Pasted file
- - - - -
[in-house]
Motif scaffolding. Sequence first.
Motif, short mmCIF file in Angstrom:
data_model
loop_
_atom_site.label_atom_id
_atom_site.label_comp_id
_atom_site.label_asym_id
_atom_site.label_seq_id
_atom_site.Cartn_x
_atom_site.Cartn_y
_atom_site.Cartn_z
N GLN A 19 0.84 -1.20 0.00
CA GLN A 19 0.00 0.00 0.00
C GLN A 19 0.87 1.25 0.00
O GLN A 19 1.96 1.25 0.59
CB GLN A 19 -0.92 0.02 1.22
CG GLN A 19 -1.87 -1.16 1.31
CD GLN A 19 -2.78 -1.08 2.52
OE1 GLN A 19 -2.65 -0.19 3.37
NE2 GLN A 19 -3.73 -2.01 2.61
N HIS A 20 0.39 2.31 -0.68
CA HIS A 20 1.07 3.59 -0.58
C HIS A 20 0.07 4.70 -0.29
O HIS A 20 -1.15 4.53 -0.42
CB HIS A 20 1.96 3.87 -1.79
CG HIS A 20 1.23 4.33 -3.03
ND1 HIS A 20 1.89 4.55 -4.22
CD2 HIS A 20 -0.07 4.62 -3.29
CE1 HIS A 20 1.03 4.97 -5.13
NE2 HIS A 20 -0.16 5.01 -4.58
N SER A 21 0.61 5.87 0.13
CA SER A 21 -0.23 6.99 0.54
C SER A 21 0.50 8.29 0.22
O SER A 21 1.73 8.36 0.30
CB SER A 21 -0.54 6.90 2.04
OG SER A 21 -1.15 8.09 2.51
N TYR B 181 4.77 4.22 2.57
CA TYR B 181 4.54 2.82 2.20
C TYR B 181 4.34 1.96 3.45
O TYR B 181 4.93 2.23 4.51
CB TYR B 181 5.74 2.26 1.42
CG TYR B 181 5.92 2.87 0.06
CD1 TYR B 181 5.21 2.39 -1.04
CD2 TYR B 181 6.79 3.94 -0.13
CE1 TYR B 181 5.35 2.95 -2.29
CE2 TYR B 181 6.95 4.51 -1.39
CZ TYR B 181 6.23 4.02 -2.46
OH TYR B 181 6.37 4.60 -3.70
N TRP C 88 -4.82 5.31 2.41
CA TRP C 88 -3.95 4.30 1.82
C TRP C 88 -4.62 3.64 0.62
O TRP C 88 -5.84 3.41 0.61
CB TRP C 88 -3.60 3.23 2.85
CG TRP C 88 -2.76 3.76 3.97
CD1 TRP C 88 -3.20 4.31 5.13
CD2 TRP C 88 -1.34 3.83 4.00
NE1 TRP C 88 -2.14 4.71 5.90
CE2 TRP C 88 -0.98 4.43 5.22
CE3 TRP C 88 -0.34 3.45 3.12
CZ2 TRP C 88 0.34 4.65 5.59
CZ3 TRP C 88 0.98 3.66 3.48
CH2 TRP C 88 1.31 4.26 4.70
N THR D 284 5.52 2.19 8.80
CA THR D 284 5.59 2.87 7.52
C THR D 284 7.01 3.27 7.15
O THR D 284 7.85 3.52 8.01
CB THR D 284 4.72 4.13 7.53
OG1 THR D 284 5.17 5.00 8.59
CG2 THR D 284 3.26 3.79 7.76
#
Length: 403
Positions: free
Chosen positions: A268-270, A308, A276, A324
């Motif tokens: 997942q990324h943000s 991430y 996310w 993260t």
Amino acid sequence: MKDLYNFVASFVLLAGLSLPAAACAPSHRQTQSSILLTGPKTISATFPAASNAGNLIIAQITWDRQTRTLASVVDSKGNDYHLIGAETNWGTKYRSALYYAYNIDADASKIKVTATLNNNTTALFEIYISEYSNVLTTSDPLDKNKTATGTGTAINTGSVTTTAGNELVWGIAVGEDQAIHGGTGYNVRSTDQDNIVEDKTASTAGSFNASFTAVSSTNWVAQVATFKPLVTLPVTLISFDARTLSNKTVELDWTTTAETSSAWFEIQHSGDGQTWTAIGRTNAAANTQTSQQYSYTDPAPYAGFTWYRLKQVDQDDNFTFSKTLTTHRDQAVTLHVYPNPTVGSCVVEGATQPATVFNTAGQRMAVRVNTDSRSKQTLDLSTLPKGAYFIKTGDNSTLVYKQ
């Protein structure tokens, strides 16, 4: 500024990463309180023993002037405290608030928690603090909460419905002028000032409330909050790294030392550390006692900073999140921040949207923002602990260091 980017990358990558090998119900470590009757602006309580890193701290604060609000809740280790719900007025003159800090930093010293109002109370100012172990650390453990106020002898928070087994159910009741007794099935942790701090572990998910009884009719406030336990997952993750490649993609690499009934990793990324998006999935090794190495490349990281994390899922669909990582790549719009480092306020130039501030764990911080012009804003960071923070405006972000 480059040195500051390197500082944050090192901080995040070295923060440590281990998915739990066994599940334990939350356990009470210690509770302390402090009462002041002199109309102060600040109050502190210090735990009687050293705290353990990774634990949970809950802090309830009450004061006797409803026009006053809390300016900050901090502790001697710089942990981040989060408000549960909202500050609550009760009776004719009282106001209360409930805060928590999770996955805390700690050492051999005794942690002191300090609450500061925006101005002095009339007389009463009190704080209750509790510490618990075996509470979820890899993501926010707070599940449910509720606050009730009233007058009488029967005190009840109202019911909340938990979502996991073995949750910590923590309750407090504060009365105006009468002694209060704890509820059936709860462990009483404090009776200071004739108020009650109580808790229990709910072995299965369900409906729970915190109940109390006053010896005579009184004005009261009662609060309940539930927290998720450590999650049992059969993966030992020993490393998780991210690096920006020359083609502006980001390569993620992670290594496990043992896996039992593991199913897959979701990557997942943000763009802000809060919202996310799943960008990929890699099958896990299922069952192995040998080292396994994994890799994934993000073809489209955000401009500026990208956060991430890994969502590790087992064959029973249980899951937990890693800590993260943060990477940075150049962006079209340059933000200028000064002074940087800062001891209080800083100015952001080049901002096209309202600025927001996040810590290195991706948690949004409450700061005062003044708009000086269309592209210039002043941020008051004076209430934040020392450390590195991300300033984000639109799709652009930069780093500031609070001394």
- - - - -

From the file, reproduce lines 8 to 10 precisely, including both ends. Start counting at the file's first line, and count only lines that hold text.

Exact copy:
_atom_site.label_asym_id
_atom_site.label_seq_id
_atom_site.Cartn_x